Nanci Griffith. A song a day: (5) Once in a Very Blue Moon plus distance and time
War, what is it good for? Absolutely nothing. June Tabor ... No Man's Land

Nanci Griffith: honouring 'the soundtrack of my life'

On Friday September 13, we learned that Nanci Griffith had died. All week, Salut! Live has been paying tribute to a superb advertisement for country and folk music - folkabilly as she liked to call her genre - and you can browse the series of articles, and enjoy some of Nanci's music, at this link
Cyndi Fish Wetmiller is one of an army of Nanci Griffith fans who were quick to express her sorrow at this loss of a great singer-songwriter at just 68. I quoted from a Facebook message of hers - 'she wrote the soundtrack of my life' - in the fourth instalment of this week's 'song a day' series, prompting Cyndi to share with me a fuller tribute, written as you will soon see on the day of Nanci's death* and reproduced now...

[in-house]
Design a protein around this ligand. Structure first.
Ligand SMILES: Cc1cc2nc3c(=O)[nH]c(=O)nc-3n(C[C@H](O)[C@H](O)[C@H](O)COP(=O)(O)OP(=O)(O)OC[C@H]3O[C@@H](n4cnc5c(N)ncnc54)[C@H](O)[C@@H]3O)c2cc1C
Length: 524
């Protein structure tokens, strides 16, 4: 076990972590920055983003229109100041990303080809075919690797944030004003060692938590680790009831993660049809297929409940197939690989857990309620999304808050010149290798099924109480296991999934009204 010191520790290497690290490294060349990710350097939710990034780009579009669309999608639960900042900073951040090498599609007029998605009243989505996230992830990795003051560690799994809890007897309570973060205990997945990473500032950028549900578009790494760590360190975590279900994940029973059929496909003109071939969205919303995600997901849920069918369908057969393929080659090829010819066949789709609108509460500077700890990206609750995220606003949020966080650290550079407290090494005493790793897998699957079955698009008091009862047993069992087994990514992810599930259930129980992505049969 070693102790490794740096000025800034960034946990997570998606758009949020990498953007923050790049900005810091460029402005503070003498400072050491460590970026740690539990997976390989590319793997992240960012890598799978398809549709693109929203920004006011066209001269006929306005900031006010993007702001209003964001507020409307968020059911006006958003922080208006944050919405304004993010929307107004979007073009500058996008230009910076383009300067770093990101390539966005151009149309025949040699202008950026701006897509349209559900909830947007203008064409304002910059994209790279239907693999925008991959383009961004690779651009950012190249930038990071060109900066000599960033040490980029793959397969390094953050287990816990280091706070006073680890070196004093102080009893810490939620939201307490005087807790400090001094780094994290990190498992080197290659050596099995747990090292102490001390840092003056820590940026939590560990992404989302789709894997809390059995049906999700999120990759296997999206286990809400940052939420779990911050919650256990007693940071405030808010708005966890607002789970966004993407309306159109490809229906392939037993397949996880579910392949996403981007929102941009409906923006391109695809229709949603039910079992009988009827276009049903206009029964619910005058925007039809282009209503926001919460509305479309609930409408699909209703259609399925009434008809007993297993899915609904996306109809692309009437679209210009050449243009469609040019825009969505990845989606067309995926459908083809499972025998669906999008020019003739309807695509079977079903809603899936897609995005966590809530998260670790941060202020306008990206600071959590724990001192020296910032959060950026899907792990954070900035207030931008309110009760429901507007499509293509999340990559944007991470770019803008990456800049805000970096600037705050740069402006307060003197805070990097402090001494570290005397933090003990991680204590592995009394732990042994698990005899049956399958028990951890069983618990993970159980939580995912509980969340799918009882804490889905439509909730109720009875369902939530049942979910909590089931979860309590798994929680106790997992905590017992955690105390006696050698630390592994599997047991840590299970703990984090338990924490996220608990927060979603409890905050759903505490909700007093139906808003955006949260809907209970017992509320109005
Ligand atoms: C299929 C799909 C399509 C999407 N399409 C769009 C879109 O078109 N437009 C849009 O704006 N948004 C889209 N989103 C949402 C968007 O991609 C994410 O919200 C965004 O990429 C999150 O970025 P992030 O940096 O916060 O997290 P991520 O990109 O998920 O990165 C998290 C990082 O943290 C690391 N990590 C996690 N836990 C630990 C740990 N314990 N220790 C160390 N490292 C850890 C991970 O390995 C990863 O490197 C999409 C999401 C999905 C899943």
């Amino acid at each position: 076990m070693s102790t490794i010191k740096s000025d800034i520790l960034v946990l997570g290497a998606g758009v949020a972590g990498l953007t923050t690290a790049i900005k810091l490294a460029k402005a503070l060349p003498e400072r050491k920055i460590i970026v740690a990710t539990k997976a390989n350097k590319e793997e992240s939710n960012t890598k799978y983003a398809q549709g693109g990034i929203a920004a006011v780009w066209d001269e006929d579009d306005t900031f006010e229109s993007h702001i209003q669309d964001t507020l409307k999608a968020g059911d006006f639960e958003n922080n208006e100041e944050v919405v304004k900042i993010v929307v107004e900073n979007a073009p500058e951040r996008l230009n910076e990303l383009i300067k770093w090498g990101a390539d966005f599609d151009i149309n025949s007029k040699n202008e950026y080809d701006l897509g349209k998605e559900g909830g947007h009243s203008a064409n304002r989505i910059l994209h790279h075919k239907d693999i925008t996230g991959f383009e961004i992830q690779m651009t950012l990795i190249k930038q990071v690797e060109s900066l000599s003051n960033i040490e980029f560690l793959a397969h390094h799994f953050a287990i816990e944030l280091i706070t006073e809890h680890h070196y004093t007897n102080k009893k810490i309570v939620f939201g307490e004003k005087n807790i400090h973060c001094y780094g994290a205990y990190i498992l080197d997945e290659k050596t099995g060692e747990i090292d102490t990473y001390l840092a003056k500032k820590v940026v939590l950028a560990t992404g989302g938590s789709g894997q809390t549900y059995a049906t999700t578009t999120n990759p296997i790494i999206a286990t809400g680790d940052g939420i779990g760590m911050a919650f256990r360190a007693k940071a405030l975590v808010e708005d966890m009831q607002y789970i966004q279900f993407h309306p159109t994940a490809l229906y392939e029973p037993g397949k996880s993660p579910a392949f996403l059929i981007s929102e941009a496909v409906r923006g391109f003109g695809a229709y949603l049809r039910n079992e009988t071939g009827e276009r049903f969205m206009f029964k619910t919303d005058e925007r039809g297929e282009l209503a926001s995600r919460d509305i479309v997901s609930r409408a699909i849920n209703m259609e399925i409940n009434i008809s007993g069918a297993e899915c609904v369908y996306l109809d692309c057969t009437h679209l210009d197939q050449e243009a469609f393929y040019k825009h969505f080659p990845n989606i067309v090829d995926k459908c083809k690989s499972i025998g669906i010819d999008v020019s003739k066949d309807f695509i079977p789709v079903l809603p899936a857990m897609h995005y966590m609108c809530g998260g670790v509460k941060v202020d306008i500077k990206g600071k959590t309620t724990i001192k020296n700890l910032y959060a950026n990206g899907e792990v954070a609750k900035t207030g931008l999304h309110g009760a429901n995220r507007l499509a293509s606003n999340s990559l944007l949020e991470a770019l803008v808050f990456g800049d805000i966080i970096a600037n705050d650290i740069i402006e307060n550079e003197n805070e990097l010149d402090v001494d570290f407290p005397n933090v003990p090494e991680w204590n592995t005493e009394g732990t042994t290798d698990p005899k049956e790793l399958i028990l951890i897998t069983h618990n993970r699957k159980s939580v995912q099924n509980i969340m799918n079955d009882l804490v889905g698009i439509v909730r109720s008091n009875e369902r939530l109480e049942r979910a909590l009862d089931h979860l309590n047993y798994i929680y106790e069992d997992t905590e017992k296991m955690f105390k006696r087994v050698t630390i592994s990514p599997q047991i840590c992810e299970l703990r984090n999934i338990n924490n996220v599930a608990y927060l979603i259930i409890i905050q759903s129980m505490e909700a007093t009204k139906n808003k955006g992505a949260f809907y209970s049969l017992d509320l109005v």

Nanci Griffith died today*. Now I know why I felt so uneasy all day.
Another musical angel was called to heaven. It’s like I felt it. When John Prine died I felt something similar. But this? This is a death that shakes me. Nanci’s music just always touched me in ways no other artist’s music could. Now she’s gone.
I first heard of Nanci Griffith from an old Pittsburgh friend, Scott Johnson. Scott introduced me to some of the best music — music that shaped the woman I am today.
I have many favorite songs from Nanci Griffith, but her older albums are my favorite. Her songs will always be a part of me. My mom loved her, too. My mom taught me to love folk music which today we call the singer-songwriter genre. Nanci’s album Other Voices, Other Rooms was an album my mother and I both loved. It contains a lot of folk song covers.